If you're wondering how to use your kitchen shears, you've come to the right place. Kitchen shears have always had a special place in my heart and I'm constantly grabbing for them even when I never expected to. I've often felt alone in my adoration for this tool that most people have but seldom use: that is until I saw an Instagram post from David Chang, lord of the Momofuku empire, extolling kitchen shears the "most underrated tool in the kitchen." So true, I thought. So true.
Kitchen shears do a whole lot of grunt work and a few nifty tricks you probably didn't know about. Most folks may have a pair of shears that came with a knife block set they got for sitting through a timeshare presentation, but I'd be willing to bet most don't know how much mileage they can get out of this unassuming kitchen tool.
If you're working with a rinky-dinky pair or (*gasp*) regular old flimsy household scissors, it's time to upgrade to a good pair of kitchen shears. They are like a Swiss Army knife for the kitchen and deserve far more credit and reps than they get in most homes. Below are some common and lesser-known uses for mighty kitchen shears, and why they just might be the most underrated kitchen tool of all time.
Some obvious uses for kitchen shears
Having a pair of scissors handy is helpful for many reasons, and some are obvious. Breaking into a stubbornly packaged box of this or that, cutting twine for trussing a roast, trimming herbs or cutting up old cloth to make dishrags.
The most common culinary application is breaking down meat, specifically poultry. Kitchens shears usually have one serrated blade and one sharp. The serrated blade is key for grabbing slippery skin and meat so you can safely break cut through a bird. Chef's knives and paring knives can do some of this work too, but not nearly as well as shears.
1. Breaking down food that's already in a pan
When I'm cooking for speed, it's a near guarantee I'll lob some vegetables or pieces of meat into the hot frying pan or Dutch oven that aren't as small as I want them or are inconsistent with the rest. You could take the hot food out again and chop it up or call on the kitchen shears to snip it down to size and keep moving.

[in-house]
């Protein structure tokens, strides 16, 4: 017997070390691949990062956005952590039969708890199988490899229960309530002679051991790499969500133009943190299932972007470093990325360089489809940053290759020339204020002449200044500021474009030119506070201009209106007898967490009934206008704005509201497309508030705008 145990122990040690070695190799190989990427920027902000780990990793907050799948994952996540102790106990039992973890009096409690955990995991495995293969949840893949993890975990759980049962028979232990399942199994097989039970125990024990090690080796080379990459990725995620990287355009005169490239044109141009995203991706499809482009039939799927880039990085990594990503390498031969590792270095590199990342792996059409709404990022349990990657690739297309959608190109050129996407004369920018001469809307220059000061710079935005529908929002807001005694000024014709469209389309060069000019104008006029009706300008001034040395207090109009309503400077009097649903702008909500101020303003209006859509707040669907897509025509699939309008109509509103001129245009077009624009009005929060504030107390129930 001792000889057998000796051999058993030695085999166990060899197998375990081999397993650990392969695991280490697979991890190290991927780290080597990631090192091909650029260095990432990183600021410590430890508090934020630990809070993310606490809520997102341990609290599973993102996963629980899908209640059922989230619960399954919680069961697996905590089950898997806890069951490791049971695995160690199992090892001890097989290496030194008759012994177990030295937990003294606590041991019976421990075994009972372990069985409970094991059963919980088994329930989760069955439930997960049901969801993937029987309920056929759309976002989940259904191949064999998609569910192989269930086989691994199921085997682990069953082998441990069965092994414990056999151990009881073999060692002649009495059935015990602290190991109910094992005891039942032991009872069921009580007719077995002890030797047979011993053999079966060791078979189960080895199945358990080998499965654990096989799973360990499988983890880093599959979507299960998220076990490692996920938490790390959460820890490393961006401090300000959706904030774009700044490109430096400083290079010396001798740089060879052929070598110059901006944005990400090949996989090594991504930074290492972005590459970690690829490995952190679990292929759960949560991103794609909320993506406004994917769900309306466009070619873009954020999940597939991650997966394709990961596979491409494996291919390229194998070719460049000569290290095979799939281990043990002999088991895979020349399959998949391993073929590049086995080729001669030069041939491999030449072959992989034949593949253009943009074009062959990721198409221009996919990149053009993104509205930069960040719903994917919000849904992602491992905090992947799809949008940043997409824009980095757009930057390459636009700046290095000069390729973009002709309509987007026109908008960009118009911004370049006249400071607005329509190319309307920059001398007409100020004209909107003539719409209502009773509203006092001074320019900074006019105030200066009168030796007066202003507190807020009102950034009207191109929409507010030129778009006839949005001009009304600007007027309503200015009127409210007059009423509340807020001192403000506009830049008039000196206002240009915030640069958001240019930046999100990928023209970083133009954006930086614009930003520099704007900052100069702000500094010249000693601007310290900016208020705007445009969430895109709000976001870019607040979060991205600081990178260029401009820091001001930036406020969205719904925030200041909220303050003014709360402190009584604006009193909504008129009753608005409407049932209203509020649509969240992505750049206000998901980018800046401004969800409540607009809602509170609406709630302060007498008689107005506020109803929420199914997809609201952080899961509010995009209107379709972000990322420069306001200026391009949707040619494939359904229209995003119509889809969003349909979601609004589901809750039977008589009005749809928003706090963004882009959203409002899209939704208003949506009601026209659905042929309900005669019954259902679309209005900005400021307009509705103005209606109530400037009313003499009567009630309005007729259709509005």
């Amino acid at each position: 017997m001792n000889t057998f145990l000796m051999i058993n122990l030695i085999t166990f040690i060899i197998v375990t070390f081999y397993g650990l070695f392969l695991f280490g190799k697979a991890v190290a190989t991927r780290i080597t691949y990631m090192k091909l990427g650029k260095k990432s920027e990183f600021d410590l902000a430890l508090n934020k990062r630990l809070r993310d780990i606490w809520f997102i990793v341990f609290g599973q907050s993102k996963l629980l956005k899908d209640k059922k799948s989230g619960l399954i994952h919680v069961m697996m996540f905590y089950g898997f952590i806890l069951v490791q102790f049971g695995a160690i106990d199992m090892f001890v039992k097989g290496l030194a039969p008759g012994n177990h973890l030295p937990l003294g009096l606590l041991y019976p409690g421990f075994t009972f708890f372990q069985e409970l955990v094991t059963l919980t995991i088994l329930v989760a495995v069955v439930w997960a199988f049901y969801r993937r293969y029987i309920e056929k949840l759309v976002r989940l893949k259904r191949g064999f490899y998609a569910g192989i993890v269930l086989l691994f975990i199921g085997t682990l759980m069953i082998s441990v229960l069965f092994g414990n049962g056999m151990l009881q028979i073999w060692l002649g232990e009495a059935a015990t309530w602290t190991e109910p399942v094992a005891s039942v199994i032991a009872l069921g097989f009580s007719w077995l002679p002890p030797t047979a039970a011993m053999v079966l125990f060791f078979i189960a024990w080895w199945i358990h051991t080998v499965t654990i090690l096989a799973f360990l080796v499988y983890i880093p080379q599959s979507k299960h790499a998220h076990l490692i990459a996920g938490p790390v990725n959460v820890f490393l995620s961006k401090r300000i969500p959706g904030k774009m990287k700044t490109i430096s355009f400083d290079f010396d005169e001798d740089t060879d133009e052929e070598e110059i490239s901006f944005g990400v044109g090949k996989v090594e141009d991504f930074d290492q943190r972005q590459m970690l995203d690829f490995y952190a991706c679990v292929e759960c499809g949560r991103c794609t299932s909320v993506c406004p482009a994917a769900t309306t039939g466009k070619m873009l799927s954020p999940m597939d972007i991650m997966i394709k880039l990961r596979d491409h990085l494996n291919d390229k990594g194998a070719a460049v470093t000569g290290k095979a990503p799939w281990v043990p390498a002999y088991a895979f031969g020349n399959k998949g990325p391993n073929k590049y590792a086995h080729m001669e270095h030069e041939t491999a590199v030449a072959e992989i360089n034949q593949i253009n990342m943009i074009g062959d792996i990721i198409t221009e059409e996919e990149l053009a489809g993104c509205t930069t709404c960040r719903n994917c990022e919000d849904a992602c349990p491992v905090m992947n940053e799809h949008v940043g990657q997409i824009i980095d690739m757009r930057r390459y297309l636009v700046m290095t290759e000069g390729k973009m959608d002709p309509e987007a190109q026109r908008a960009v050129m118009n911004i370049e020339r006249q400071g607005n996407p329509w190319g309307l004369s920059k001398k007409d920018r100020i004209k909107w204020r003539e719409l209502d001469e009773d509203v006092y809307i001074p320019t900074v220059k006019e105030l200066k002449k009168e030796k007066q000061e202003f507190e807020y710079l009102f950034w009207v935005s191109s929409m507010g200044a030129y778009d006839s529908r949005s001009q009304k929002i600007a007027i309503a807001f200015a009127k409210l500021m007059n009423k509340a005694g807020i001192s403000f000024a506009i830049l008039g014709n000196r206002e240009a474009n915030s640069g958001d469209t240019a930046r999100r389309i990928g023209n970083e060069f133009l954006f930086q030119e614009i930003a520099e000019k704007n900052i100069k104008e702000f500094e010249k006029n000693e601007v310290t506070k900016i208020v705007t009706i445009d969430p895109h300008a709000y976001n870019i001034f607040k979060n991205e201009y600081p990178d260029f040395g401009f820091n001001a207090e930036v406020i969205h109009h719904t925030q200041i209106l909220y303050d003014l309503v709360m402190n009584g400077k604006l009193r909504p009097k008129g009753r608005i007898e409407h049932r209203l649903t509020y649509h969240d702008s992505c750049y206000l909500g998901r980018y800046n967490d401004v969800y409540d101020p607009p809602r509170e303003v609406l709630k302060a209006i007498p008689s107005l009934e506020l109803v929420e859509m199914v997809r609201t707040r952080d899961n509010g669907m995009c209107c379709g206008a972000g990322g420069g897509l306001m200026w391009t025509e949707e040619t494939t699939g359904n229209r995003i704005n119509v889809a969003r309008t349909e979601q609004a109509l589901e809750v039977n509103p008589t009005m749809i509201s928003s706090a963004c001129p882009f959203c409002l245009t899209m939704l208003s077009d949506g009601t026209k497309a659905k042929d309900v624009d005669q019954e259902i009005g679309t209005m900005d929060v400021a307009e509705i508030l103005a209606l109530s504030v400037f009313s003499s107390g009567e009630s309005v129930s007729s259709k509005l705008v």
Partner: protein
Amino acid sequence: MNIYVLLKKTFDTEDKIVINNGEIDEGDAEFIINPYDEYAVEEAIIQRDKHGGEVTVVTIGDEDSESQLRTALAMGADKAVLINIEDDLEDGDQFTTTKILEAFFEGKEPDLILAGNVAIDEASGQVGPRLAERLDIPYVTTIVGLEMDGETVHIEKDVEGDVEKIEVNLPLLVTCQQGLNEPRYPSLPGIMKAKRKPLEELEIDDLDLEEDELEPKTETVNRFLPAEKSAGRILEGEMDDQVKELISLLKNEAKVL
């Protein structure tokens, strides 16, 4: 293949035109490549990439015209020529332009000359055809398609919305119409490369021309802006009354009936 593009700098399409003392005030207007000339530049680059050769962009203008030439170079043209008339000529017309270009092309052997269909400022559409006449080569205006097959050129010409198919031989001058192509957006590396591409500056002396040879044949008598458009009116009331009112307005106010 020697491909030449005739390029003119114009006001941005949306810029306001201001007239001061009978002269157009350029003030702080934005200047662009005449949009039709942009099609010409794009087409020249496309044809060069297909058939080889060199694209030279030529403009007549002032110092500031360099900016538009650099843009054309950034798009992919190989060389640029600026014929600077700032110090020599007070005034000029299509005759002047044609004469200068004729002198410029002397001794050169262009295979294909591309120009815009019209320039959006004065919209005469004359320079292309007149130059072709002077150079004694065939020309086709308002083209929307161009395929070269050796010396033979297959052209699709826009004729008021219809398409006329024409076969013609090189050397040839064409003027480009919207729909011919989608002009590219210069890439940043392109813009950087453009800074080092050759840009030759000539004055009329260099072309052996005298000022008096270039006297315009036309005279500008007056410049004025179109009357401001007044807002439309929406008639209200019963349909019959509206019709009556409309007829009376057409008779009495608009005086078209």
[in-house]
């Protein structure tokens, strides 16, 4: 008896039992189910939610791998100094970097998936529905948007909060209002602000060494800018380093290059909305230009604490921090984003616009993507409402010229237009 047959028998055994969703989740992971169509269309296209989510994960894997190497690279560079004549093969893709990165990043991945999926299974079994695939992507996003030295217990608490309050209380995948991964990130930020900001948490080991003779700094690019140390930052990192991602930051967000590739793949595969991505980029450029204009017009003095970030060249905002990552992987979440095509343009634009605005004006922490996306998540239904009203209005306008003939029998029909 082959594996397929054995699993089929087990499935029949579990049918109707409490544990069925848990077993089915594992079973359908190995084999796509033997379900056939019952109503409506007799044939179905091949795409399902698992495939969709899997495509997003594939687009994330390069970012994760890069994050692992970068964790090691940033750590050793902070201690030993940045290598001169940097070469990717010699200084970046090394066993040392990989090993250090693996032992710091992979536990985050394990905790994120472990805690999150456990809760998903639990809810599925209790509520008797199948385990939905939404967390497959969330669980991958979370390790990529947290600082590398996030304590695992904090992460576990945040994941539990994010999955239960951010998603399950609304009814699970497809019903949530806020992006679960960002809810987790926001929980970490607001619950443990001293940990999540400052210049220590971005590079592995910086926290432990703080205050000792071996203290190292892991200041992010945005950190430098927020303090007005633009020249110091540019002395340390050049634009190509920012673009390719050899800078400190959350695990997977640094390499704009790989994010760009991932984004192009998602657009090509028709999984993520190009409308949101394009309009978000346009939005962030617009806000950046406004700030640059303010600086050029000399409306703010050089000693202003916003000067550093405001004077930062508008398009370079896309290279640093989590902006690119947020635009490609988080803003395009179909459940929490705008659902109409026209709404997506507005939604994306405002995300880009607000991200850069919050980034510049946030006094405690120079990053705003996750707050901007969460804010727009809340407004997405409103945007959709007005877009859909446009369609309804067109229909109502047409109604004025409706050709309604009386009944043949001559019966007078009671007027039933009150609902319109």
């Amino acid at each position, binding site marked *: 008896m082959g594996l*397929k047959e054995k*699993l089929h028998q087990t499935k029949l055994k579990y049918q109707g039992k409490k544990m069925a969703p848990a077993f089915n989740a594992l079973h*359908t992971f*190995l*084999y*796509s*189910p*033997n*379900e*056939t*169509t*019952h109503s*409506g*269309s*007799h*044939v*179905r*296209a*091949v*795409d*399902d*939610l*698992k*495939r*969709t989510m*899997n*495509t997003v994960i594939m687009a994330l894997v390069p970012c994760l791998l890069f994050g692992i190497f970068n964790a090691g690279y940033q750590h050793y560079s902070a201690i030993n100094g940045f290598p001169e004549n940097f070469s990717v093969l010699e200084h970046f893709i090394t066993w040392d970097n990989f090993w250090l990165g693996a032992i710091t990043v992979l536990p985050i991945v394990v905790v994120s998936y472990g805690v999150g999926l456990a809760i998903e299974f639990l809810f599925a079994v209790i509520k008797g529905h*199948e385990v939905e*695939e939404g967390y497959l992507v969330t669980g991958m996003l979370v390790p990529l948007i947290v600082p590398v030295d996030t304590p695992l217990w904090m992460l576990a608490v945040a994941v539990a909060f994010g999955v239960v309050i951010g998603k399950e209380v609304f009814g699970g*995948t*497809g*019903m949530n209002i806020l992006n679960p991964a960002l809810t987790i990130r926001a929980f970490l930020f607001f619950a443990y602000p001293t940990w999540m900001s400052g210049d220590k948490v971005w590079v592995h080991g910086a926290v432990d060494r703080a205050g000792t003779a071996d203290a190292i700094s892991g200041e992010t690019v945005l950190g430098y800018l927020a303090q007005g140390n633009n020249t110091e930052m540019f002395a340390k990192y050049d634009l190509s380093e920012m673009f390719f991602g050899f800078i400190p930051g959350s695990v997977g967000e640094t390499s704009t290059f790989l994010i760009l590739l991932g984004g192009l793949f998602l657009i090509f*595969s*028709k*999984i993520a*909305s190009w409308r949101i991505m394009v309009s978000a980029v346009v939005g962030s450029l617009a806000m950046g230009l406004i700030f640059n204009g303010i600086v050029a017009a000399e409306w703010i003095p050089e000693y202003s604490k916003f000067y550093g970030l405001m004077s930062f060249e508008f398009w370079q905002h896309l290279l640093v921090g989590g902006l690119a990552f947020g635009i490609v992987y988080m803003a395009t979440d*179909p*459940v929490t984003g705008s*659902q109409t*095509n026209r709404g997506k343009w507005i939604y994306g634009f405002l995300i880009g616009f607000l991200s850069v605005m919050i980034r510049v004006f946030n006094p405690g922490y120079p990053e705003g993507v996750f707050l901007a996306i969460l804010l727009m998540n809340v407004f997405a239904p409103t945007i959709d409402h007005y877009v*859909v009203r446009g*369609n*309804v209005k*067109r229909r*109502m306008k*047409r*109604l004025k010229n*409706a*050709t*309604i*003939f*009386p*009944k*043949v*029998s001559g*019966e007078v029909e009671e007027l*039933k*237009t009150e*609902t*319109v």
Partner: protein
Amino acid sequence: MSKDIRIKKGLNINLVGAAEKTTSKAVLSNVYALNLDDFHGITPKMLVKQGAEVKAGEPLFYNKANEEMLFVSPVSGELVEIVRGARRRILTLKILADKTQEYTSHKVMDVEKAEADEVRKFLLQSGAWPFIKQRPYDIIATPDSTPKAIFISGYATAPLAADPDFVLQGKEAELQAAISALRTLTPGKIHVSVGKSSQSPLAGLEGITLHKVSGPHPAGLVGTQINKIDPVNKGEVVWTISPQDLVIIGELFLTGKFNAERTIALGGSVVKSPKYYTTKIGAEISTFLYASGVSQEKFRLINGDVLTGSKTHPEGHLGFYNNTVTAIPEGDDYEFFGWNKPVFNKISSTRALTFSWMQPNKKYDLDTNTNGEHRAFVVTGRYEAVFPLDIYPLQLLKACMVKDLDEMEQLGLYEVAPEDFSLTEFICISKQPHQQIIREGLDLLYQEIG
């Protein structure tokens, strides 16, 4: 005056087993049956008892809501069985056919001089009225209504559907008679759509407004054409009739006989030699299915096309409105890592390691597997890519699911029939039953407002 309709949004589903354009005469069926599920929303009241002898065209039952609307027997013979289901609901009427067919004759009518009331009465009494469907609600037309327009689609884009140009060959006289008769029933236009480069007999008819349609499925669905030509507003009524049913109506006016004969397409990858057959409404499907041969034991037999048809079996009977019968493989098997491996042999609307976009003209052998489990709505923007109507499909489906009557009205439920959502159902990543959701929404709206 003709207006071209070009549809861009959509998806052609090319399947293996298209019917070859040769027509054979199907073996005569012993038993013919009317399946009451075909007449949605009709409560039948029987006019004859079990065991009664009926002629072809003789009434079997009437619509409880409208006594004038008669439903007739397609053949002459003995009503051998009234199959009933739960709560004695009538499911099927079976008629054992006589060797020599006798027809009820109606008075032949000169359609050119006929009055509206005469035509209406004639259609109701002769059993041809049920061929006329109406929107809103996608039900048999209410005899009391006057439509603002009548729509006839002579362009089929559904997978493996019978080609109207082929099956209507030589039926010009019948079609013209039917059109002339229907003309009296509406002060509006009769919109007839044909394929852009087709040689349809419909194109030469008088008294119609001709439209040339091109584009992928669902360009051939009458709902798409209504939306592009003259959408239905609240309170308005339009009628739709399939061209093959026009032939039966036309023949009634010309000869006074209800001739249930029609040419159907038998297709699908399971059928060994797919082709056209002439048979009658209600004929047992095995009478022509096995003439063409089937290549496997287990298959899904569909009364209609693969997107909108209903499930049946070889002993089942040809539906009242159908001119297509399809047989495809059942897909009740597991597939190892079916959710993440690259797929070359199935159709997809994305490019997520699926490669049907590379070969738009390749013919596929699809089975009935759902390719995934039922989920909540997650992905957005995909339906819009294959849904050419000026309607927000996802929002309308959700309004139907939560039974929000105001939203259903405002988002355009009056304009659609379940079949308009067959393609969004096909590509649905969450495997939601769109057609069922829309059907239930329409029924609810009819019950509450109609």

2. Opening stubborn jars
Good kitchen shears generally have two metal-teeth grippers inside the handles. These are excellent for opening stubborn jars or twist-off bottles. Just latch the teeth firmly onto two sides of the cap (it doesn't have to even reach to the other side) and you'll have far more torque than with your hands alone.
3. Cracking nuts and shells
Those same metal teeth are excellent shell and nutcrackers. I don't own lobster crackers so on the occasion I make shellfish or have some big walnuts to shell, it is kitchen shears to the rescue.
4. Opening beer and soda bottles
There's no such thing as too many bottle openers and kitchen shears often have one built into the handle or blades. Since my shears are generally in the same place as my knives, I always know where a bottle opener is.
5. Kitchen shears are the ultimate camping tool
Multitools like good kitchen shears are a camper's dream. From opening bottles to breaking down kindling for a fire and the hundred other little jobs a good pair of scissors will do. This is one piece of equipment that's useful far beyond the walls of your kitchen.
How much should you spend on kitchen shears?
You can score a good pair of shears for under $20. Like anything else, you can also pay much more if you want but know that shears can't really be sharpened on account of the serrated blade. It's best to spend a bit less and replace them every few years when they begin to dull or lose their grip.
This pair for German knife maker Henckels is dishwasher safe. They make a slimmer set specifically for poultry
If you're looking to save a buck, this $7 pair of Kitory shears will get the job done much better than regular scissors. They're not detachable but have a good gripping blade and sharp cutting blade.
If you want to splurge on shears, these All-Clad choppers in gauge brushed stainless steel certainly have a good look to them. They come apart for easy cleaning and have a slender, more dexterous build.
This German brand is known for shears and makes them in several sizes and builds from take-apart to more the more basic variety.